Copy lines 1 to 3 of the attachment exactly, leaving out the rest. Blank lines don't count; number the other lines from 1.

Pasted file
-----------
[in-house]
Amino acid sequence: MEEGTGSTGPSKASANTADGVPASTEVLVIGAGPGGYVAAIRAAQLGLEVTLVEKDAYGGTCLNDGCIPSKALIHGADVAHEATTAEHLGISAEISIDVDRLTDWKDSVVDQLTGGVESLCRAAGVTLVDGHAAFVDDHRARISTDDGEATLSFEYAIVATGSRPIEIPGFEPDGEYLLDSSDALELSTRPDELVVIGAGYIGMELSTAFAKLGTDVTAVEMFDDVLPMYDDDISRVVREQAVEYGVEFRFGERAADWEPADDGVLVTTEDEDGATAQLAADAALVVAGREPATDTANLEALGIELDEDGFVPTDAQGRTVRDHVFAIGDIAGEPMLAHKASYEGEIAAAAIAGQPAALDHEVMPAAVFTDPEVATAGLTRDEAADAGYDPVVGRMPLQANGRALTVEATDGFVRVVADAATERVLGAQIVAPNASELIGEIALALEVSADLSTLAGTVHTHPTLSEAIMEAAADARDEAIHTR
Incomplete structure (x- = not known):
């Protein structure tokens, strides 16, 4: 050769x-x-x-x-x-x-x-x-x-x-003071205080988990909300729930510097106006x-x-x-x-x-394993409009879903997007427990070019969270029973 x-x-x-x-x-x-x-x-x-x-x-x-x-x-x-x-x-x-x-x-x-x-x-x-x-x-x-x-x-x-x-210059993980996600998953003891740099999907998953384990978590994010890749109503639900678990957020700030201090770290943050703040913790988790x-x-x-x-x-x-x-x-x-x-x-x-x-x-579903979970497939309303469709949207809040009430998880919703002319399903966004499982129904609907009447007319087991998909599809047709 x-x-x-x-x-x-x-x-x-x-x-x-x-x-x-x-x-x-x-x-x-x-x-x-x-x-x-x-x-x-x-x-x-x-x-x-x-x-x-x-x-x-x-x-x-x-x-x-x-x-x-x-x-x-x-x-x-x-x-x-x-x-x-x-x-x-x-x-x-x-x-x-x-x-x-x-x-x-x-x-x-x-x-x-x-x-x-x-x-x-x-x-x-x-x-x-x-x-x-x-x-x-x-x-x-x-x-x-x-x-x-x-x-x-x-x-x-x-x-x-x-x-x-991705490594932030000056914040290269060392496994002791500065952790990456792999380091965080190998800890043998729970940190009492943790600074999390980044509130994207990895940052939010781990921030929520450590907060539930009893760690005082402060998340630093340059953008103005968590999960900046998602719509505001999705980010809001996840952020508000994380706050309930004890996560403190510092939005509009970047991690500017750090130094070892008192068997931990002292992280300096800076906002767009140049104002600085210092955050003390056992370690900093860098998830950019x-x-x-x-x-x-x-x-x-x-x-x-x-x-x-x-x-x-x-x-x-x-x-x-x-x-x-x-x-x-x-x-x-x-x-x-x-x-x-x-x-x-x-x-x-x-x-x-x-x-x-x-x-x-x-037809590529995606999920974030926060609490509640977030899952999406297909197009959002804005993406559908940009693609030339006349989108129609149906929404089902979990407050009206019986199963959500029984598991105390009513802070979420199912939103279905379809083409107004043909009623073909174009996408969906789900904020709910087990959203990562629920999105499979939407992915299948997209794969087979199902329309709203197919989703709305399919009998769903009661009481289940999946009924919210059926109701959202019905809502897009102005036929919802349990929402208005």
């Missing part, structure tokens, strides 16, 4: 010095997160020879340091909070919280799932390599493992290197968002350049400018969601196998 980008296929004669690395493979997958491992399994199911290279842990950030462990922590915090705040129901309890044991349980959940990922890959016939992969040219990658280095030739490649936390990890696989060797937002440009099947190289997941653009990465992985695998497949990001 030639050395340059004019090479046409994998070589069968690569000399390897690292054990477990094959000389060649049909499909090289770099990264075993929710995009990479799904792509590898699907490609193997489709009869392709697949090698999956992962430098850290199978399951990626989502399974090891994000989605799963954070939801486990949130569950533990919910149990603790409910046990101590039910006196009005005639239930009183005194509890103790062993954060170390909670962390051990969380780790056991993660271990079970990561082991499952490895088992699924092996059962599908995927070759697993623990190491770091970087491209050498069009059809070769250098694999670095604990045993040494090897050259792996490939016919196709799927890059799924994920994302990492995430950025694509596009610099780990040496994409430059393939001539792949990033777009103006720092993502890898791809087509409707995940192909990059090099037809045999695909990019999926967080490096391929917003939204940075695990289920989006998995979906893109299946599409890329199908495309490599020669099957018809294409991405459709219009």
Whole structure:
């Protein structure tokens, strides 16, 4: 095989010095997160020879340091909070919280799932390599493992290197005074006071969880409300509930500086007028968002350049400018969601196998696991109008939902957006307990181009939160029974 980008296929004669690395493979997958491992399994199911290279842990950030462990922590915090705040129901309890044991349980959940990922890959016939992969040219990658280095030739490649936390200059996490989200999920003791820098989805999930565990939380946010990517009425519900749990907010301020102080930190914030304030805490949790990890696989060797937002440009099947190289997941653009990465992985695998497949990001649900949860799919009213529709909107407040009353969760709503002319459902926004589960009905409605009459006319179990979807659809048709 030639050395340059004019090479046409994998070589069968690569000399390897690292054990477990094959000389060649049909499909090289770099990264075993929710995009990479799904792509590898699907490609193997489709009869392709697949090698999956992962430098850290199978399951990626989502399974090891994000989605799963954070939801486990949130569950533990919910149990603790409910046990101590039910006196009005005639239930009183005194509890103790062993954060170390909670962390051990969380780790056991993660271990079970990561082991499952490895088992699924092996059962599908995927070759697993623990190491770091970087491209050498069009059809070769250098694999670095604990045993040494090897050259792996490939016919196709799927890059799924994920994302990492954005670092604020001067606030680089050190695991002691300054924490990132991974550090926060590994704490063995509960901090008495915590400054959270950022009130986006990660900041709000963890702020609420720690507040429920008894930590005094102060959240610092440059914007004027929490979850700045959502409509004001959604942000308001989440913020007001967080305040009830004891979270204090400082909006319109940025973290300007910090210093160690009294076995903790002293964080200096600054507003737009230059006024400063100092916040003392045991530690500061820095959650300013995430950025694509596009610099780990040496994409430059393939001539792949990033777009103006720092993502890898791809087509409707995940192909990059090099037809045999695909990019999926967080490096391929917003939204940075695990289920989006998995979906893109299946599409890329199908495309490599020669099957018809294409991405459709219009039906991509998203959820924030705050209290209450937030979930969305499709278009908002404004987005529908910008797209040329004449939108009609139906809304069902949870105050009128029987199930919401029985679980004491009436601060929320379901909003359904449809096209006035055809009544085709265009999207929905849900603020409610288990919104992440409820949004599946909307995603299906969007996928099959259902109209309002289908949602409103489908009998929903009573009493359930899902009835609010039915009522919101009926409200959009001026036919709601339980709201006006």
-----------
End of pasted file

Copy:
[in-house]
Amino acid sequence: MEEGTGSTGPSKASANTADGVPASTEVLVIGAGPGGYVAAIRAAQLGLEVTLVEKDAYGGTCLNDGCIPSKALIHGADVAHEATTAEHLGISAEISIDVDRLTDWKDSVVDQLTGGVESLCRAAGVTLVDGHAAFVDDHRARISTDDGEATLSFEYAIVATGSRPIEIPGFEPDGEYLLDSSDALELSTRPDELVVIGAGYIGMELSTAFAKLGTDVTAVEMFDDVLPMYDDDISRVVREQAVEYGVEFRFGERAADWEPADDGVLVTTEDEDGATAQLAADAALVVAGREPATDTANLEALGIELDEDGFVPTDAQGRTVRDHVFAIGDIAGEPMLAHKASYEGEIAAAAIAGQPAALDHEVMPAAVFTDPEVATAGLTRDEAADAGYDPVVGRMPLQANGRALTVEATDGFVRVVADAATERVLGAQIVAPNASELIGEIALALEVSADLSTLAGTVHTHPTLSEAIMEAAADARDEAIHTR
Incomplete structure (x- = not known):